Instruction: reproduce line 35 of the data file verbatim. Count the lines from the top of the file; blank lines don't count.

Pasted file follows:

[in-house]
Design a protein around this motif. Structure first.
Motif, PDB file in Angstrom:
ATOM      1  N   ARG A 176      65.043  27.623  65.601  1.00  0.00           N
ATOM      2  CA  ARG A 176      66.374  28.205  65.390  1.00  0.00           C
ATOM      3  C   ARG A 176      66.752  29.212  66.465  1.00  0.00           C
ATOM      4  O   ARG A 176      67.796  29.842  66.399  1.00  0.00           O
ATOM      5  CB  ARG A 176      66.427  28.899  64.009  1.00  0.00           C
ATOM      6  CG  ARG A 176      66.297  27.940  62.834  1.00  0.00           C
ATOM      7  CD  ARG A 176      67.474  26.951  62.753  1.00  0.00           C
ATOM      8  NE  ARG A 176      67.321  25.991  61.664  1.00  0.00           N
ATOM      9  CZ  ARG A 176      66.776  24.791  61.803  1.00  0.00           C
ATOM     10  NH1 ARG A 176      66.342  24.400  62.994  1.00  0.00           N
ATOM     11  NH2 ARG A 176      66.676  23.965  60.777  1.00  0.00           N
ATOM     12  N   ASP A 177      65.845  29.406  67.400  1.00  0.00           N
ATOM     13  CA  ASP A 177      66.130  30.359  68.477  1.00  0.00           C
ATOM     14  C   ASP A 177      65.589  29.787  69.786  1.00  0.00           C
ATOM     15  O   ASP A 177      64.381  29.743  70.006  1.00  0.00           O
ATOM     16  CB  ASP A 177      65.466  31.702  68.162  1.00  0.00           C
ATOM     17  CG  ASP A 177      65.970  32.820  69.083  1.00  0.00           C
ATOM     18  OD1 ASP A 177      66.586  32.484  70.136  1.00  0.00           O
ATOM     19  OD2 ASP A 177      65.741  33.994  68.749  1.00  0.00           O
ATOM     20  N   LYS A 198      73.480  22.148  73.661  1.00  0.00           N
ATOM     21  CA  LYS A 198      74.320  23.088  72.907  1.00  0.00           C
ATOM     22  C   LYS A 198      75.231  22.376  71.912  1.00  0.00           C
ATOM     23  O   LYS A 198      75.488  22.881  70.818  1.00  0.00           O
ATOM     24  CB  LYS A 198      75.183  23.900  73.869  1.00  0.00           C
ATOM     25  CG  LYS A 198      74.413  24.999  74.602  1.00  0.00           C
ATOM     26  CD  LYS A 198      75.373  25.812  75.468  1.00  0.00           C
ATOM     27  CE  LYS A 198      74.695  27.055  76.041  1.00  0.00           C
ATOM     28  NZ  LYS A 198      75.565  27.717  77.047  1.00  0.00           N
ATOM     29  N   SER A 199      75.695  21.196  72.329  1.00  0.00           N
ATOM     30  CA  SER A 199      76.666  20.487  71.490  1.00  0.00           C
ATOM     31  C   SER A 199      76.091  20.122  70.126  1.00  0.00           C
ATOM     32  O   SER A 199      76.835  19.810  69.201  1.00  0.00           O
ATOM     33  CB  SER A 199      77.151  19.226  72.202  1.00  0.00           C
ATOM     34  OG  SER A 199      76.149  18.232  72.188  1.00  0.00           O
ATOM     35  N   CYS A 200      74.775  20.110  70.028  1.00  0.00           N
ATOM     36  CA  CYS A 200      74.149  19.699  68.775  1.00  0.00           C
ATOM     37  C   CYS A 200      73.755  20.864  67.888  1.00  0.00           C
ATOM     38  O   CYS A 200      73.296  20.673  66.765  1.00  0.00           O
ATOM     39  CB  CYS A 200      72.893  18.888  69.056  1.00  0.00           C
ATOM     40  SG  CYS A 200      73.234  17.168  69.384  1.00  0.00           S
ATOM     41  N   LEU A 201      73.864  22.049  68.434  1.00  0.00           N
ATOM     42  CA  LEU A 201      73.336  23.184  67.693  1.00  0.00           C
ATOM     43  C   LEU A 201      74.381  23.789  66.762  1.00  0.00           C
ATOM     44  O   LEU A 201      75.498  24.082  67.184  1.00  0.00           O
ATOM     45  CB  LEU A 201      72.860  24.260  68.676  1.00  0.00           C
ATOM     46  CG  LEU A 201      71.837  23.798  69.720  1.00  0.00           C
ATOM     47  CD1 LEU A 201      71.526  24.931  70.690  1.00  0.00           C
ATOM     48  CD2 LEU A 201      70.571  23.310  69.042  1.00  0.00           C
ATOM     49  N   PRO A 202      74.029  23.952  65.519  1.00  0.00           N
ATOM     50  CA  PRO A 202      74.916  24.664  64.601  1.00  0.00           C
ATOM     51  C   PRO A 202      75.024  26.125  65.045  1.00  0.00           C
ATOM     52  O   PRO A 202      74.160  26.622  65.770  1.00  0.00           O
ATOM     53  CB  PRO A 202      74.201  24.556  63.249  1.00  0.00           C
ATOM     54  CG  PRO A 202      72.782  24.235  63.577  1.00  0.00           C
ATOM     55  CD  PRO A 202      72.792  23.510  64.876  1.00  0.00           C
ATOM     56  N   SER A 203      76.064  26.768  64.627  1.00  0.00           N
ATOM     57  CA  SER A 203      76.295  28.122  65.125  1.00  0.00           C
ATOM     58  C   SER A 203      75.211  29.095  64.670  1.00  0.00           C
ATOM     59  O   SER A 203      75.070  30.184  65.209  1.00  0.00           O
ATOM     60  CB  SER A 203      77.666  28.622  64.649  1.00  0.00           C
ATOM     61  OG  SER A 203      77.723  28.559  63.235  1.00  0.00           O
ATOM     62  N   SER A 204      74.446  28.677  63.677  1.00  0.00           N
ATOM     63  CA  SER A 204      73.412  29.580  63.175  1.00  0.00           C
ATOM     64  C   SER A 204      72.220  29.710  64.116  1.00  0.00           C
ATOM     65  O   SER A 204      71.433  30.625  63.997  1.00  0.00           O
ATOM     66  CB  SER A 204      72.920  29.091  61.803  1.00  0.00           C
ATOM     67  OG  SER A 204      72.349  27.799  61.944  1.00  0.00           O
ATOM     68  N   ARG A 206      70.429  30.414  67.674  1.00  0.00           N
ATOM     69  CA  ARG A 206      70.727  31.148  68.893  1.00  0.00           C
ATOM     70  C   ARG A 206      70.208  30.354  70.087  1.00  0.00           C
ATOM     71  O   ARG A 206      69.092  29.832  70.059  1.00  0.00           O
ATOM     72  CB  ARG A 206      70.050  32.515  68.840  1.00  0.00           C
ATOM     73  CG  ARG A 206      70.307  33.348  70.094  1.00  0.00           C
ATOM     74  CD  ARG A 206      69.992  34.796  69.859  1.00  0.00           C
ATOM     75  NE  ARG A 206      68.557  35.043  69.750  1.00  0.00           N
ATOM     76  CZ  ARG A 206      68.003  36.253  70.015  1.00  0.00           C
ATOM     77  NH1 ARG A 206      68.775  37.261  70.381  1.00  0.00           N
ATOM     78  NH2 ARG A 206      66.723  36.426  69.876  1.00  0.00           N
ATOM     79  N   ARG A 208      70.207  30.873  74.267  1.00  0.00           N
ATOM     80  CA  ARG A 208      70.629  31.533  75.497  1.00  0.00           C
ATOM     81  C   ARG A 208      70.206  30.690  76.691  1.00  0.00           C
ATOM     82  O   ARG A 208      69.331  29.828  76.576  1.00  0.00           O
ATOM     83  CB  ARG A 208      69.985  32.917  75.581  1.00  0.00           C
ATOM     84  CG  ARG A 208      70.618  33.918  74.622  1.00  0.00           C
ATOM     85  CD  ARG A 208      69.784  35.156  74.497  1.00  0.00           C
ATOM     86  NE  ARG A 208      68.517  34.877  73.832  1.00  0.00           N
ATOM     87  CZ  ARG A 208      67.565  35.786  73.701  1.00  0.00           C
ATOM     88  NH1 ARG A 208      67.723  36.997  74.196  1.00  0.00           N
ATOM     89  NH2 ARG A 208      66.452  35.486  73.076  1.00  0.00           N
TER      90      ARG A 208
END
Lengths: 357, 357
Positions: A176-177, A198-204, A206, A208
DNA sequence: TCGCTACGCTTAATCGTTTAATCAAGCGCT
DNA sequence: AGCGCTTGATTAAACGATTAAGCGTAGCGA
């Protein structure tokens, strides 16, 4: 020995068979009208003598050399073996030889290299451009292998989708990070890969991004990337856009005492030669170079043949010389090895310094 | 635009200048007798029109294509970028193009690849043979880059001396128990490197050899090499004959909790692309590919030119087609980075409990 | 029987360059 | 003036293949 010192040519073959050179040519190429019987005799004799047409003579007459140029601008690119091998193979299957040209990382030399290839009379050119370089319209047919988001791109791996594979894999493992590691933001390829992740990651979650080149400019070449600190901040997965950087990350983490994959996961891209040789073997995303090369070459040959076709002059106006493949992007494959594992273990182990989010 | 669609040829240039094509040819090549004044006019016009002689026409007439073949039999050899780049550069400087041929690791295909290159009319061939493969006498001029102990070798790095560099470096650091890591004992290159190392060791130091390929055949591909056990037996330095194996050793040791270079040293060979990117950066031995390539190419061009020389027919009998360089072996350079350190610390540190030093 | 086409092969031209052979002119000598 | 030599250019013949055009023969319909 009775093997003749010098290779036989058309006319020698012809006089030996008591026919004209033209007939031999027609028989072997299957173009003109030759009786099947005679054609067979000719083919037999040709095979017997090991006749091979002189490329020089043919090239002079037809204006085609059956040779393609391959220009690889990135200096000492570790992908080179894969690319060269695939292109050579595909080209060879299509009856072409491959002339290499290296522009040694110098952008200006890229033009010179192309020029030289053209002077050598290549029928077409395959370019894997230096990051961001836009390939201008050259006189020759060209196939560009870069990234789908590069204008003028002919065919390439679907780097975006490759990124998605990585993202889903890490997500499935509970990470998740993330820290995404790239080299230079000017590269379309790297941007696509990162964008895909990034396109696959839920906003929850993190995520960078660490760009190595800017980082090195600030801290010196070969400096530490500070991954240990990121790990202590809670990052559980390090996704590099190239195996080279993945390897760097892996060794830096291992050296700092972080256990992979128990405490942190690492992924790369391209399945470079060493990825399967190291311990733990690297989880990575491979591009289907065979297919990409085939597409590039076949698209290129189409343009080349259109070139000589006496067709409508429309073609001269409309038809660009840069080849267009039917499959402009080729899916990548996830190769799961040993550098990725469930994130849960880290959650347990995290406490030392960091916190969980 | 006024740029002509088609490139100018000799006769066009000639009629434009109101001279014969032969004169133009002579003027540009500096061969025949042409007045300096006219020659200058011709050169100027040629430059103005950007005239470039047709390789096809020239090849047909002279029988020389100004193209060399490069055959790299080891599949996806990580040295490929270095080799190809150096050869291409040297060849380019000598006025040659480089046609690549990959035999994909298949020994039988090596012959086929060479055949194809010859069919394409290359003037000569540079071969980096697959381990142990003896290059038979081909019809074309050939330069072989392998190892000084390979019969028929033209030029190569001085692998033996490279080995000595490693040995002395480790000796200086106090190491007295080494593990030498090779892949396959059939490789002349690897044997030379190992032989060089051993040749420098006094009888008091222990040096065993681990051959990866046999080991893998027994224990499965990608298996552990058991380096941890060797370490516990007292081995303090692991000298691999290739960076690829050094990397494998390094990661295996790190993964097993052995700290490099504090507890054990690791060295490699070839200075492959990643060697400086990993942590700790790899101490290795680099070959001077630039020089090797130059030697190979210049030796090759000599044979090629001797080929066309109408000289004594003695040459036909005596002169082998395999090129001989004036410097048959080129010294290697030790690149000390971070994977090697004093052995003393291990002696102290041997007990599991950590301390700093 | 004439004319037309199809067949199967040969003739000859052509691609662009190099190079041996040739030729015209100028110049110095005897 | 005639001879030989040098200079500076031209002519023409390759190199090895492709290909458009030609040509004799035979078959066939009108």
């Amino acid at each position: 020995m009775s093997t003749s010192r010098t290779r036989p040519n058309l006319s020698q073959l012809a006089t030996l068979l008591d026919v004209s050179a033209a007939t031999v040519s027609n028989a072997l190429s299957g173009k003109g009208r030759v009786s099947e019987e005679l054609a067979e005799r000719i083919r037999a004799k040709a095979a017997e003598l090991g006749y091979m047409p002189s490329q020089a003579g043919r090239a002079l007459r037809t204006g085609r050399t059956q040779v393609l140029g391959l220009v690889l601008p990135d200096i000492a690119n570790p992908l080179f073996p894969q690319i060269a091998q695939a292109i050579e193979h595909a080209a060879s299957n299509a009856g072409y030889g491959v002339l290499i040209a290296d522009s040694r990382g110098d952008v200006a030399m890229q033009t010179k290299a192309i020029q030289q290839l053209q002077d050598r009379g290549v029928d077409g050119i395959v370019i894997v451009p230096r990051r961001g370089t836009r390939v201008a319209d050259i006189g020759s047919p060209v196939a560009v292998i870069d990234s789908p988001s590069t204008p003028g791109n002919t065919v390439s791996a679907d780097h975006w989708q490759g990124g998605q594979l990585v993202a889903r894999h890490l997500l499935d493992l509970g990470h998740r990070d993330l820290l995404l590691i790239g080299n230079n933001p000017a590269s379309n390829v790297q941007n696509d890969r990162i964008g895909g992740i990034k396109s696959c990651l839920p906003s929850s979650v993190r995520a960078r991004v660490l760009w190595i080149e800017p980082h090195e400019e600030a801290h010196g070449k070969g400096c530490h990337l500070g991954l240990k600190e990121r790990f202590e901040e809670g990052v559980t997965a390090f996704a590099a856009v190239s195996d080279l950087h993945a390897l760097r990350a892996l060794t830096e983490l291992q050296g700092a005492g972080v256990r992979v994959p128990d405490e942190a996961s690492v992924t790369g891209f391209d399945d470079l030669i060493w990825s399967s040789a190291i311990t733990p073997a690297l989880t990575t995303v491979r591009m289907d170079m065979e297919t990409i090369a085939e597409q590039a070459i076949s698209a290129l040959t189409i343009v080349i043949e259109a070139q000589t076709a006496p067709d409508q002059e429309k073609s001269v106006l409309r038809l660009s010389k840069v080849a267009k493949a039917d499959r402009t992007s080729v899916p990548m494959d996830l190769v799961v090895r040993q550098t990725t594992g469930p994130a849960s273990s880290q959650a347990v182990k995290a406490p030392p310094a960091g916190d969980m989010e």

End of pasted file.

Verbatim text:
ATOM     32  O   SER A 199      76.835  19.810  69.201  1.00  0.00           O